Boneset (Eupatorium perfoliatum)

Plant family: Aster, Asteraceae

Wetland Indicator Status: FACW

Boneset Plant

Boneset growing under the canopy of a hardwood swamp. Not the white pattern on the leaves. They are caused by a leaf mining insect, probably the moth Bucculatrix eupatoriella.

The off-white flowers of Common Boneset (Eupatorium perfoliatum) are frequently encountered in most wet areas of the northeast United States.  It is often associated with sedges and another Eupatorium species, Joe-Pye-Weed.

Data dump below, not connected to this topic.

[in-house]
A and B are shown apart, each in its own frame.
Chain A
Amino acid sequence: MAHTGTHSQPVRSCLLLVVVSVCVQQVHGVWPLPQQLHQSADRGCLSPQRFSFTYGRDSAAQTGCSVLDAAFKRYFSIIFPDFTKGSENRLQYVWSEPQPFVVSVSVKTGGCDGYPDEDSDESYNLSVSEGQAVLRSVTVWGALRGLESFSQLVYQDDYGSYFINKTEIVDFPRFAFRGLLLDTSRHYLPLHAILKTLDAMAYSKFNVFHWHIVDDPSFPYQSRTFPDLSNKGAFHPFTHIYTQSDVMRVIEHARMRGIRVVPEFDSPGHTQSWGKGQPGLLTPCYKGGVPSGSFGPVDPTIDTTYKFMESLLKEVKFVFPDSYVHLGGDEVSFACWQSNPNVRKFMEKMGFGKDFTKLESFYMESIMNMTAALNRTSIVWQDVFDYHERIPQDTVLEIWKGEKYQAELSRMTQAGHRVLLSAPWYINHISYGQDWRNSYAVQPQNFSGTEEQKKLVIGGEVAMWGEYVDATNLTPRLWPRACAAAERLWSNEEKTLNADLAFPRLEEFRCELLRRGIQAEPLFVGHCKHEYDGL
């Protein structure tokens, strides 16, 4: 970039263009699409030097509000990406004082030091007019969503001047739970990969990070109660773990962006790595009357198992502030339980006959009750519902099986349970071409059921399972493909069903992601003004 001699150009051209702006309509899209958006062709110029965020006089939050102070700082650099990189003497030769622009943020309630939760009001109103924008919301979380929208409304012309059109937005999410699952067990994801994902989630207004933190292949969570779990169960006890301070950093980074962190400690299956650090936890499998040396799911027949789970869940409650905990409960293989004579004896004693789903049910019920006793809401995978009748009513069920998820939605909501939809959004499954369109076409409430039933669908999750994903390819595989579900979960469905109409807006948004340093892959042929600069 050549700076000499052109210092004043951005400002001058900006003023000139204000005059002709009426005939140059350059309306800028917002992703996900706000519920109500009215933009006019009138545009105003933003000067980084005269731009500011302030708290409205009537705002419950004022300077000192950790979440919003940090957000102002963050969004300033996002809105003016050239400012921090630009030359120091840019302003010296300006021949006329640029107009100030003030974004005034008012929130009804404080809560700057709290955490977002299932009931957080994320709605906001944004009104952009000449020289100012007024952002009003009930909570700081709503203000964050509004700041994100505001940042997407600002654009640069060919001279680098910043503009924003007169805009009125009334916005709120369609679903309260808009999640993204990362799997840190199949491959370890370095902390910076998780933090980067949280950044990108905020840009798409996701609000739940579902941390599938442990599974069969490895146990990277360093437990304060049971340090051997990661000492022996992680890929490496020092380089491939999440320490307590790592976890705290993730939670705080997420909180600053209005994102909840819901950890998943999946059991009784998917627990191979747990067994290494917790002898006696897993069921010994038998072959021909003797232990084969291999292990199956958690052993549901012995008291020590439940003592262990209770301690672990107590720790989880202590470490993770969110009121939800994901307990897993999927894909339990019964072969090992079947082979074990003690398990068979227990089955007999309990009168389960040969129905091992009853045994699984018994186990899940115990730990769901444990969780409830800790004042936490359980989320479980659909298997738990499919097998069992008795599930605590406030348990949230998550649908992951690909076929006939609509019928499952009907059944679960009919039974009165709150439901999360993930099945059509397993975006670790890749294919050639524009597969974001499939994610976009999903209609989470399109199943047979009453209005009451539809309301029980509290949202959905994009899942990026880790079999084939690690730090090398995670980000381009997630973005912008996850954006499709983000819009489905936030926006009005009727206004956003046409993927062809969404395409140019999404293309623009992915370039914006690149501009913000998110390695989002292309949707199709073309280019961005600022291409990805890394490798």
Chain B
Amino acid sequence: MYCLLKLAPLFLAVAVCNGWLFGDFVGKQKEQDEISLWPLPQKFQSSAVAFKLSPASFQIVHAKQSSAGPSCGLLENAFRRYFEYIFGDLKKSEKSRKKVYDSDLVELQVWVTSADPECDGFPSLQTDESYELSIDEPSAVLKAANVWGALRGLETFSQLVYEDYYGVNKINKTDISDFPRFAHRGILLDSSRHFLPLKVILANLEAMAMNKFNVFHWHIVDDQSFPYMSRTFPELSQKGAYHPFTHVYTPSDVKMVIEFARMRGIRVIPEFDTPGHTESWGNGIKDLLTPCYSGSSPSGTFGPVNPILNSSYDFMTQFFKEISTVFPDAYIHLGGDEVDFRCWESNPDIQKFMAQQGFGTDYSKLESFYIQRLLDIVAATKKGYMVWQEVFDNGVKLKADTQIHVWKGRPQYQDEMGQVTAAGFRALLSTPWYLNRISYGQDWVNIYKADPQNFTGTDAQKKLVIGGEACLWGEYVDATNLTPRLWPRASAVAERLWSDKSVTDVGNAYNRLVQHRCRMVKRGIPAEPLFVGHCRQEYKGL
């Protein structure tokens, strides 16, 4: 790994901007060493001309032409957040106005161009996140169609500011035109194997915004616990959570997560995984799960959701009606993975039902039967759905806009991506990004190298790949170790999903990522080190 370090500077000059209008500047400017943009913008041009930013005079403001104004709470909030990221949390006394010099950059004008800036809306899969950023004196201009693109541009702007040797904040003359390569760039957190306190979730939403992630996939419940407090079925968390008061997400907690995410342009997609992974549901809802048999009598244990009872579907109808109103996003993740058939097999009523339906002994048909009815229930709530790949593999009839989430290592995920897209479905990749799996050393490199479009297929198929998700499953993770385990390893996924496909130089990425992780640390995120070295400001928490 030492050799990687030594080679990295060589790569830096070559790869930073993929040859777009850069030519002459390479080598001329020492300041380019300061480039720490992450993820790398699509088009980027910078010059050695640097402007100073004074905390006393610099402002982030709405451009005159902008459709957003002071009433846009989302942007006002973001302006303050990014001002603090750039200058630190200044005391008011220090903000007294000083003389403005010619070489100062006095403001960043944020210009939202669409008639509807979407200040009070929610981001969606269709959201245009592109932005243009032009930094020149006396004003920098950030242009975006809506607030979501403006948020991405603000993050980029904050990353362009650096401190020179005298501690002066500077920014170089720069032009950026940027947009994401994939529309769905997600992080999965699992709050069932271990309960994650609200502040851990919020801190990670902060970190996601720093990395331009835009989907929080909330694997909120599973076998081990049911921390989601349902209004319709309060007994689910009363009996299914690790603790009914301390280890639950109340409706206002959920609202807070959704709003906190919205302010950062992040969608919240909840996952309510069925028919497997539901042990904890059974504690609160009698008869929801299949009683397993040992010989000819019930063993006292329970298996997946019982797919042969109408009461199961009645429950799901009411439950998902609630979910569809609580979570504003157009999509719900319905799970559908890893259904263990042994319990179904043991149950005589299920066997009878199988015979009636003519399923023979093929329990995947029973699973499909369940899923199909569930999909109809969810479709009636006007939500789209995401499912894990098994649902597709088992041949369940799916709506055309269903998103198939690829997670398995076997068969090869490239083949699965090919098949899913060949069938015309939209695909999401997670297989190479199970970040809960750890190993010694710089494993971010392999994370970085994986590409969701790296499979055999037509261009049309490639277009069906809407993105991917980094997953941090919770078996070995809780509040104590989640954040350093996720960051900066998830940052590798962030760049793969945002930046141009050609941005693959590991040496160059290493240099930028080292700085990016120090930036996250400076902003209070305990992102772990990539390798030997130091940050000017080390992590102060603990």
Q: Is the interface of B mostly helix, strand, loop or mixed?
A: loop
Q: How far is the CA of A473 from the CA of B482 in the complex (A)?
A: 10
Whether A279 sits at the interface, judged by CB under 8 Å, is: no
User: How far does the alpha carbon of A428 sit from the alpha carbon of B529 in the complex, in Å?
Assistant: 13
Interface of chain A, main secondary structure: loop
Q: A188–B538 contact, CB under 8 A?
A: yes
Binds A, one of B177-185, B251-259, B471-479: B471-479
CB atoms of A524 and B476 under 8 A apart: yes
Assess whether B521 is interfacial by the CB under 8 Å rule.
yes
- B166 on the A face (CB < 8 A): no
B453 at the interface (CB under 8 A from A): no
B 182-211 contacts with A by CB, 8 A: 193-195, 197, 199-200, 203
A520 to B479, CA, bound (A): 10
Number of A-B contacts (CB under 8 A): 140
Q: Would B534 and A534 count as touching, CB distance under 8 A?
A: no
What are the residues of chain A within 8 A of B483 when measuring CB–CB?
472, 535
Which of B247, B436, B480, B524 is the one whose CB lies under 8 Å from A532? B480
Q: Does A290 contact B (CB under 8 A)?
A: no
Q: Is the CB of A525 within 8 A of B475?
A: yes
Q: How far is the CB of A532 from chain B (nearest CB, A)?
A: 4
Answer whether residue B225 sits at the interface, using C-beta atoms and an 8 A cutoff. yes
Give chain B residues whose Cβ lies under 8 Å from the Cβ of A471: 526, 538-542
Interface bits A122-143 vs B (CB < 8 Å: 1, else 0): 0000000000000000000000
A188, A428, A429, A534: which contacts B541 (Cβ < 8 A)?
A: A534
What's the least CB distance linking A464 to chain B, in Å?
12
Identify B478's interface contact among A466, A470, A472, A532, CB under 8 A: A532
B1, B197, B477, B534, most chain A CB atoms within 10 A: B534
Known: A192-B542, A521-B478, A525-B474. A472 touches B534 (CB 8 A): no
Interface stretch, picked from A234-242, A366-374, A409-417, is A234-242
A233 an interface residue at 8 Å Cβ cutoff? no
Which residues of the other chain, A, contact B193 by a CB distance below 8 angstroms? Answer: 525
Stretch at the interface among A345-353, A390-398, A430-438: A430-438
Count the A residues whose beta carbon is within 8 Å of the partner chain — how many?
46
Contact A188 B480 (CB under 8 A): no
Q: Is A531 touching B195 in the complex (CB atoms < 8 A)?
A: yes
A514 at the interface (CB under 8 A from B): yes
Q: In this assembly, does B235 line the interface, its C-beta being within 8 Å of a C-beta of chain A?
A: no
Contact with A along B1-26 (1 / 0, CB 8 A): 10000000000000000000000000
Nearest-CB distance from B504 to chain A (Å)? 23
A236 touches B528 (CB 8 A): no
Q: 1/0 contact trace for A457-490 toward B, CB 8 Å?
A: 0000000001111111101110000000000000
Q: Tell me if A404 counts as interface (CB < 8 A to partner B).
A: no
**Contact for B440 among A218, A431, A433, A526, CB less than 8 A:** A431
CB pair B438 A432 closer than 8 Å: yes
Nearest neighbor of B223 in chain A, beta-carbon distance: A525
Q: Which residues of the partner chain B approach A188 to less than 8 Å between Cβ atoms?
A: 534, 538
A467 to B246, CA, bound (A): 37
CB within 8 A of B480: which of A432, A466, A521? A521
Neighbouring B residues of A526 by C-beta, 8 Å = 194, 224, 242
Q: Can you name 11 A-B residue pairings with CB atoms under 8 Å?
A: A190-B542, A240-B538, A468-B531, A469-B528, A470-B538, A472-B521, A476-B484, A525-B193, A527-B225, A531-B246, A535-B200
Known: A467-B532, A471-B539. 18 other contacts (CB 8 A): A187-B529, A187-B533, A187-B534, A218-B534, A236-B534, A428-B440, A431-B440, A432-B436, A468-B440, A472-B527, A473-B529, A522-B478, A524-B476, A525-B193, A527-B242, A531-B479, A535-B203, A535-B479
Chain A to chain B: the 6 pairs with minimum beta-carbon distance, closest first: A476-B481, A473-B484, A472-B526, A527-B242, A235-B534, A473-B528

Native Americans used Boneset for a wide variety of medicinal uses.  Pioneer herbalists also used the plant, and later pharmacists also prescribed it.  The name Boneset probable derives from its reported and promotion in the healing of broken bones, and treatment for break-bone fever (dengue fever).  The plant was also reported to be used to kill enemies.  Take at your own risk

Boneset Flowers

Top view of Boneset flowers

Boneset Leaves

The genus name of Boneset perfoliatum, comes from the way the stem of the plants appears to perforate the leaves.